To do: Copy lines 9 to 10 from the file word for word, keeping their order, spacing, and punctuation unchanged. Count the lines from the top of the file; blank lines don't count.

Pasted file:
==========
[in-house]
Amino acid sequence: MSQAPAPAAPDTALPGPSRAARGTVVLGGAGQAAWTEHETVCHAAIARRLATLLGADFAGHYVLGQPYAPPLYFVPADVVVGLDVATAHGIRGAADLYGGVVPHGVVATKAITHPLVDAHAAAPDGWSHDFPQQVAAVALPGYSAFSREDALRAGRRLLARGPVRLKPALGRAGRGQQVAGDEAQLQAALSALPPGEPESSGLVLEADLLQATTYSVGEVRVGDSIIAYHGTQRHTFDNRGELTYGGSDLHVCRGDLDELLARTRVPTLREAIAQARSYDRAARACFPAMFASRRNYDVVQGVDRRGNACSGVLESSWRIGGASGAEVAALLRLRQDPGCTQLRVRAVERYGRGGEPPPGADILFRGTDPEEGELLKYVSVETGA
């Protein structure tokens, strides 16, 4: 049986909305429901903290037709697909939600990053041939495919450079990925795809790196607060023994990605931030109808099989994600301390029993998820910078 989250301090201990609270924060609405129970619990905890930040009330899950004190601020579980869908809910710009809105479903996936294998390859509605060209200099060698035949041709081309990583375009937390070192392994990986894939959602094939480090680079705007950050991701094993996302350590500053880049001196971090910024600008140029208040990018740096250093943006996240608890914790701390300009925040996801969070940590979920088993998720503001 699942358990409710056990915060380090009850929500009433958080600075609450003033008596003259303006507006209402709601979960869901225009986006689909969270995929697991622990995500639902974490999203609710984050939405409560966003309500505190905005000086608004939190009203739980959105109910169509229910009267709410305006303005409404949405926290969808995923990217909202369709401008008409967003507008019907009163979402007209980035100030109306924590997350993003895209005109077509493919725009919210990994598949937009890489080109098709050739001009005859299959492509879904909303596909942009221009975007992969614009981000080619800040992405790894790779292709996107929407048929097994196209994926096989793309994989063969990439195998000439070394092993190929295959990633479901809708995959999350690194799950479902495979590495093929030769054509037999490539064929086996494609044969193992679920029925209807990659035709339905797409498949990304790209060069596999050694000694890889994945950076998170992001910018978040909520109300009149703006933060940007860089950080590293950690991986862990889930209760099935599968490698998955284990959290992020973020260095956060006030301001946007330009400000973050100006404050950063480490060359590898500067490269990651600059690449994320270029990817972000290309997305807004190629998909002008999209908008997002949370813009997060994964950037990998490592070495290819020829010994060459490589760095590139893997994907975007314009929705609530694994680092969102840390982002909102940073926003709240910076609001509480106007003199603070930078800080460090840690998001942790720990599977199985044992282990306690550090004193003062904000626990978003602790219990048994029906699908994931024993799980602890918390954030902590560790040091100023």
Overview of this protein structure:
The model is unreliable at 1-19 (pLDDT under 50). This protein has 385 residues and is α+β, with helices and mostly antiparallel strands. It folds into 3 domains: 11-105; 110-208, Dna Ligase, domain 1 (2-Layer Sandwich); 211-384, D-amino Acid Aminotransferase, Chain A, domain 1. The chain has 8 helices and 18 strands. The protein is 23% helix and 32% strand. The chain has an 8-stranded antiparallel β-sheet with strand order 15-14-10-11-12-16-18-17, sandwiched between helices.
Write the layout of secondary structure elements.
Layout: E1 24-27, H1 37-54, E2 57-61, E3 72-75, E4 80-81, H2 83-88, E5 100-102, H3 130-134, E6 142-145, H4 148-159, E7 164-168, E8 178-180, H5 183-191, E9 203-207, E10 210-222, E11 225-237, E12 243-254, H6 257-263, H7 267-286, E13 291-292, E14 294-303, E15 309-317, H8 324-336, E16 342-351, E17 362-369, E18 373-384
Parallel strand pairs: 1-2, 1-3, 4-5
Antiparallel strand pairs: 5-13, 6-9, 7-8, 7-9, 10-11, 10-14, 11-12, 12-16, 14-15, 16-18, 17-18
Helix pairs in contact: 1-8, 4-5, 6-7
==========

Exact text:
Antiparallel strand pairs: 5-13, 6-9, 7-8, 7-9, 10-11, 10-14, 11-12, 12-16, 14-15, 16-18, 17-18
Helix pairs in contact: 1-8, 4-5, 6-7